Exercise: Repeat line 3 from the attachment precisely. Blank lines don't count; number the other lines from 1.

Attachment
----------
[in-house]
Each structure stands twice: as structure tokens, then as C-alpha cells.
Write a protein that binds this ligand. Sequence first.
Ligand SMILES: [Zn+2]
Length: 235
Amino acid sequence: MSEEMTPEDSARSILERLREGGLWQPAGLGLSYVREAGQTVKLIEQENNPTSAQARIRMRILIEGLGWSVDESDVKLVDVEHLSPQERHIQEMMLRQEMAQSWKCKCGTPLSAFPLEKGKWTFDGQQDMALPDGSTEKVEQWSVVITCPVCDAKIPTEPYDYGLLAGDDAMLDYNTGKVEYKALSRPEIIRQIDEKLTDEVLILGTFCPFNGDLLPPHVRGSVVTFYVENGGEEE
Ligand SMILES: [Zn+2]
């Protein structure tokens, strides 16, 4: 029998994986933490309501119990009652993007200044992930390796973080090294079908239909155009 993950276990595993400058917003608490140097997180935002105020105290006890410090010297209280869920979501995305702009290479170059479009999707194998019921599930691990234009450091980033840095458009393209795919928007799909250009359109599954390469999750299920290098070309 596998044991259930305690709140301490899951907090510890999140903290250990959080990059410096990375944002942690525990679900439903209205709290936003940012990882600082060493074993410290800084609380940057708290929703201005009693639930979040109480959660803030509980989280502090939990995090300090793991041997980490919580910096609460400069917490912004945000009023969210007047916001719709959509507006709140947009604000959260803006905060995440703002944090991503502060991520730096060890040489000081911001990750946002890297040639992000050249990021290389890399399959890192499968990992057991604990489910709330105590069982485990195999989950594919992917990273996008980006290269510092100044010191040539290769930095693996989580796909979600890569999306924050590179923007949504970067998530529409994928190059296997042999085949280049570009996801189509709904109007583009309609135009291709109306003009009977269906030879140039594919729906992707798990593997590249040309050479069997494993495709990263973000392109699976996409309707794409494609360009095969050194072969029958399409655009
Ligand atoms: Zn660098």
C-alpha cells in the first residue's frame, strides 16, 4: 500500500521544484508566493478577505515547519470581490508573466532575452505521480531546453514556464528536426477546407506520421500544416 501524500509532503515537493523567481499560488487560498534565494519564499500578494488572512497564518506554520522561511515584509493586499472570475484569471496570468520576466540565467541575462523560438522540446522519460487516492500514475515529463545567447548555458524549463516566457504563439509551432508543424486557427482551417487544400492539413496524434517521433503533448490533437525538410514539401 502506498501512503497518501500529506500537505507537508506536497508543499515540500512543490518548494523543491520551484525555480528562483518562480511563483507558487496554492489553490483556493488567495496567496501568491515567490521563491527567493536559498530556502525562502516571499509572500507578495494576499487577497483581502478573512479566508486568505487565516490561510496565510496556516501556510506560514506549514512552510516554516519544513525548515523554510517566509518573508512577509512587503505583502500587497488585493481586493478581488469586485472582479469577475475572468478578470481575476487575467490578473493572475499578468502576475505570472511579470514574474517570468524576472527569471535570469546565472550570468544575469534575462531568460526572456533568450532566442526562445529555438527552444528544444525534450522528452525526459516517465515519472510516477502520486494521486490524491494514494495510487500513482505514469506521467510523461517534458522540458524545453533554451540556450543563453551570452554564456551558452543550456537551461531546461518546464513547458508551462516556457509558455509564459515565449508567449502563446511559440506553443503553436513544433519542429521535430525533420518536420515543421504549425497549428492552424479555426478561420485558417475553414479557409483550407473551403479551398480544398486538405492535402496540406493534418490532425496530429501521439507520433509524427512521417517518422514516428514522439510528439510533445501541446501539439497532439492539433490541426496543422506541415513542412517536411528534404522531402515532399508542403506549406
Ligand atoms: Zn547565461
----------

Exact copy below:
Write a protein that binds this ligand. Sequence first.